Budget brides might be cutting their overall spend, but the only place it is reflected is on their credit card statement.
>GET MORE FOR LESS
VENUE When Ciara Crossan of WeddingDates.ie conducted a recent survey on couples-to-be, she discovered that engagement durations are becoming shorter, with 40pc of couples tying the knot within 12 months or less of getting engaged. "Because of this, hotels are getting a lot more last-minute enquiries and, thus, are willing to offer great deals on weddings booked with shorter lead times," she explains. "All hotels are anxious for the business, particularly if you choose to get married on a weekday or in off-peak months such as November, January or February. Corkage has dropped considerably too, with some hotels even eradicating it altogether."
Consider a venue that offers low or no corkage and buy your own alcohol for the event. Don't be afraid to approach venues that don't advertise for weddings and keep your eyes peeled for soon-to-open hotels -- they often offer reduced rates in their first months of business.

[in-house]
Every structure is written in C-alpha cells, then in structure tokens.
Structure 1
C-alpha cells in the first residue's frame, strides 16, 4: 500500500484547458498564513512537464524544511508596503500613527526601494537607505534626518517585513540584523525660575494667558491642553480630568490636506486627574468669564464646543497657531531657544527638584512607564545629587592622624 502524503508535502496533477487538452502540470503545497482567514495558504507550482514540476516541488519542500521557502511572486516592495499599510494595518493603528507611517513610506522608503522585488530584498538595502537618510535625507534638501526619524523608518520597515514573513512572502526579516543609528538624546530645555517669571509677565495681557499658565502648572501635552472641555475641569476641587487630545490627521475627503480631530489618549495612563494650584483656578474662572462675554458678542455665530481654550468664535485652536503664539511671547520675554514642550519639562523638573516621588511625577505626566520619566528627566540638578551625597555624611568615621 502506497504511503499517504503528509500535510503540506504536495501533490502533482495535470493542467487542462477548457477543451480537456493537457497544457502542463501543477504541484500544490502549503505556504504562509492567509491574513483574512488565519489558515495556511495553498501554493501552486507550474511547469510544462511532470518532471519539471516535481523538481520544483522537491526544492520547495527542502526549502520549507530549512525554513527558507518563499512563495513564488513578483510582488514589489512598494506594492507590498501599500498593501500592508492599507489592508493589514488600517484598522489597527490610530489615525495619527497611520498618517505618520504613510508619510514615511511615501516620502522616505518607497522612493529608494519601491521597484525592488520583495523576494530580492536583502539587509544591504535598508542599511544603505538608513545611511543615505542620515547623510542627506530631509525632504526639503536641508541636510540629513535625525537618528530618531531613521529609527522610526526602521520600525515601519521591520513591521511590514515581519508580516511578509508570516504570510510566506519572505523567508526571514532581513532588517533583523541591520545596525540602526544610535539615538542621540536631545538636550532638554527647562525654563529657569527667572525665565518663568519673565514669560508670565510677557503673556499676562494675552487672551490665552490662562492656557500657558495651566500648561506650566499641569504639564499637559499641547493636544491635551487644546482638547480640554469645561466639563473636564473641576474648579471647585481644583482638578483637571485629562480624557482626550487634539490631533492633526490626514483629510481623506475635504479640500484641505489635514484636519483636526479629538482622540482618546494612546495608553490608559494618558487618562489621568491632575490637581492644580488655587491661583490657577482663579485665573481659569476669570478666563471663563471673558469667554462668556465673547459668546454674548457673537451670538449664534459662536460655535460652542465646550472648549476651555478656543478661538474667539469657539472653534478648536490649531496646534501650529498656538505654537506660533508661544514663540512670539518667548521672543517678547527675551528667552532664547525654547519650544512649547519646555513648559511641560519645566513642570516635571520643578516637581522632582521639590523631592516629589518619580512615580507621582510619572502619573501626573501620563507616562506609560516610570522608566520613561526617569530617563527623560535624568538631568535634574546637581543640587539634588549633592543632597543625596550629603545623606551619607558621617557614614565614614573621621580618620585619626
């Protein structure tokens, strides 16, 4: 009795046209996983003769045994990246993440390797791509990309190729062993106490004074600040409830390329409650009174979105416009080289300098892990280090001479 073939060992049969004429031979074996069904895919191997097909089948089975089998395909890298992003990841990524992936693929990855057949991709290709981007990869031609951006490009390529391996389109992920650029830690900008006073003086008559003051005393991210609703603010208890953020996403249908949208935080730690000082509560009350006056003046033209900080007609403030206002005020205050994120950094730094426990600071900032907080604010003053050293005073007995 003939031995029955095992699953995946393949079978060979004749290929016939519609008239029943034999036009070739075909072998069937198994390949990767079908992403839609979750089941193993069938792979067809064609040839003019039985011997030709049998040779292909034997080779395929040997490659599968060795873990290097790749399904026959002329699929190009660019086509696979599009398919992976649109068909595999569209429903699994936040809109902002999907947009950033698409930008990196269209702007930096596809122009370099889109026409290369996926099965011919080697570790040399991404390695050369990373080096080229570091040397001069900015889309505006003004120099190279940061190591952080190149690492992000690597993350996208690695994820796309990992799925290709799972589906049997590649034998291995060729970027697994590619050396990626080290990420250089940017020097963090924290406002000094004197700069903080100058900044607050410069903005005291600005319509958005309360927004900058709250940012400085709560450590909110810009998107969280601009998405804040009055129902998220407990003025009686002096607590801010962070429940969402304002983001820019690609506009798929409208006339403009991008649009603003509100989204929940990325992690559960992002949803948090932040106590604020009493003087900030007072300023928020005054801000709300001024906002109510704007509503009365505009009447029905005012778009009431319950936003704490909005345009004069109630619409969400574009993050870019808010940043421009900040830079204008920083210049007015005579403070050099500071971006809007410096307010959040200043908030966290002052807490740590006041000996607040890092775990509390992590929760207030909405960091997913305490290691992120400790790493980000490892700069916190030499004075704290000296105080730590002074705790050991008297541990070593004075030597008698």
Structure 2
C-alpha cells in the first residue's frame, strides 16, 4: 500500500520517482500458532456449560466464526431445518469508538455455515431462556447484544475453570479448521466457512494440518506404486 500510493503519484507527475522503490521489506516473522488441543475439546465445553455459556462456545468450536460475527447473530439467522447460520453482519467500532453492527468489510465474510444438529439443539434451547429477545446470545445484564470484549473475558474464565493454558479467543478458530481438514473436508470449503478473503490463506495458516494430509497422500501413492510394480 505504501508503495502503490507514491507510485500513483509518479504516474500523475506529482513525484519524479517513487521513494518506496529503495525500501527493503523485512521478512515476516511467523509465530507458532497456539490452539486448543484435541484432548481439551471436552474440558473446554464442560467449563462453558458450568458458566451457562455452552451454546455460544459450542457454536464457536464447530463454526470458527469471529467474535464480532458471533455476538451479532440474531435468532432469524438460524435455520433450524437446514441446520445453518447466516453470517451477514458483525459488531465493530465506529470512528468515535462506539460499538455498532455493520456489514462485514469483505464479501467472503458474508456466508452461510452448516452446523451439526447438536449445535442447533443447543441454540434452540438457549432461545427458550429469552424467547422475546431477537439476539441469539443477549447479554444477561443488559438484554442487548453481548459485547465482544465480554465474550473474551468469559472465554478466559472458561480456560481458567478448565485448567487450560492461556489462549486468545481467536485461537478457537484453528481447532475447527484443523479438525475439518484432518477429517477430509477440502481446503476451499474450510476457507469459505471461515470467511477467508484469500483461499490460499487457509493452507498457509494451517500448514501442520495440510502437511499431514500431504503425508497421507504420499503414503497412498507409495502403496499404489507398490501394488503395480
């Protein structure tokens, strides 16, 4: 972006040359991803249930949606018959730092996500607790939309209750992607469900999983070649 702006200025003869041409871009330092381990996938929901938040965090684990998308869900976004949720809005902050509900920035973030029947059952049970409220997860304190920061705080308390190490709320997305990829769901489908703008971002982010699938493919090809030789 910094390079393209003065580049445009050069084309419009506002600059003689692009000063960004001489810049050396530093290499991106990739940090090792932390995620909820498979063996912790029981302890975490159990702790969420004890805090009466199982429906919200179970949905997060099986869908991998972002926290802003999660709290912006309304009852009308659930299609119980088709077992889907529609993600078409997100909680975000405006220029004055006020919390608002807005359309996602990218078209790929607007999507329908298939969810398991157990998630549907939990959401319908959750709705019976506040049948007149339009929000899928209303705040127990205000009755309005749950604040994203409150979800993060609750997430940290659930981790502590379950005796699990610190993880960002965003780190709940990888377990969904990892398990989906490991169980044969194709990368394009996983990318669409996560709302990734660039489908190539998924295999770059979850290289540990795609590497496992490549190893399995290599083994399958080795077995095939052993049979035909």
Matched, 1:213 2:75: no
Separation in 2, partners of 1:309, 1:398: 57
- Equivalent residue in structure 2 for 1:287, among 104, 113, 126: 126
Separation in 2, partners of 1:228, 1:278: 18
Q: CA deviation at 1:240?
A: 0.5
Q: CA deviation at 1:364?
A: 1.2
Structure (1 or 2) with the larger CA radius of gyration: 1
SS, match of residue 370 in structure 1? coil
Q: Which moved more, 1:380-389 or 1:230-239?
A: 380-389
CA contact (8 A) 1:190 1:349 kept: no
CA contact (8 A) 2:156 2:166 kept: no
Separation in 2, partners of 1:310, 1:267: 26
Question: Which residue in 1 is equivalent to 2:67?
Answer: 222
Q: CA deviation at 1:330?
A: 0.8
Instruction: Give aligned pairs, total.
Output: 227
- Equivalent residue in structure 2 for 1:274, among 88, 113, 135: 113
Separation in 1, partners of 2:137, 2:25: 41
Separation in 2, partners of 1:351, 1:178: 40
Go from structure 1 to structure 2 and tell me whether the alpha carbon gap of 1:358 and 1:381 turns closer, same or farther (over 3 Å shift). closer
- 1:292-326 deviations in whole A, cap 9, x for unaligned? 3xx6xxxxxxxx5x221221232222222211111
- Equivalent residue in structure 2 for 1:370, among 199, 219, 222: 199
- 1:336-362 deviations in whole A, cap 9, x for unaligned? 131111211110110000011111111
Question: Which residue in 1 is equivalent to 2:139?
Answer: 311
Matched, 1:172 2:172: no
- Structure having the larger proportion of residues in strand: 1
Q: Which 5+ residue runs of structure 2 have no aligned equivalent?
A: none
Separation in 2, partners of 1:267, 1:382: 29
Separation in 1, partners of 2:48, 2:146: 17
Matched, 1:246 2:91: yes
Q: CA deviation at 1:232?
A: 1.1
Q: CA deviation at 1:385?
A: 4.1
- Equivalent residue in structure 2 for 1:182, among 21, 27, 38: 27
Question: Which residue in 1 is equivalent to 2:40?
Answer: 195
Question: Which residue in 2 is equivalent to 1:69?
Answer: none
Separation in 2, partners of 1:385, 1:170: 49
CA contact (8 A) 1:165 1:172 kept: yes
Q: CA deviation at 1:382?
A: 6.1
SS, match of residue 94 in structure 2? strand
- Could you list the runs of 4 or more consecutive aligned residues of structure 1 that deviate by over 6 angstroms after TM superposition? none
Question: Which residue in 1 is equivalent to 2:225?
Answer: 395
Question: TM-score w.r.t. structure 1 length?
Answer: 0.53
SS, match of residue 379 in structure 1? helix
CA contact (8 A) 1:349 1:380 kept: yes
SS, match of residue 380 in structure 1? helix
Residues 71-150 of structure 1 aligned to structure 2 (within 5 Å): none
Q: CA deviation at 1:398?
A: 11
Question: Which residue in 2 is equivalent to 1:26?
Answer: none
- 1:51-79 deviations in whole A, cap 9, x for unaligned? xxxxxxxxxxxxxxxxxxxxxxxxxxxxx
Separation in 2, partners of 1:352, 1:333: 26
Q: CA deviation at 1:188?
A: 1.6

FLOWERS Think outside the box when deciding on flower arrangements. A scattering of rose petals and tea lights can look just as effective as a single floral display on each table. You don't always have to go to a designated florist: high street shops such as Marks & Spencer offer competitively priced table and vase arrangements. Likewise, many florists are now offering deals for those watching their budget.
Flowers Made Easy is currently offering a pocket-friendly 'Recession Buster' package: one bride's bouquet, two bridesmaid's bouquets, five buttonholes and two corsages for €340, see www.flowersmadeeasy.ie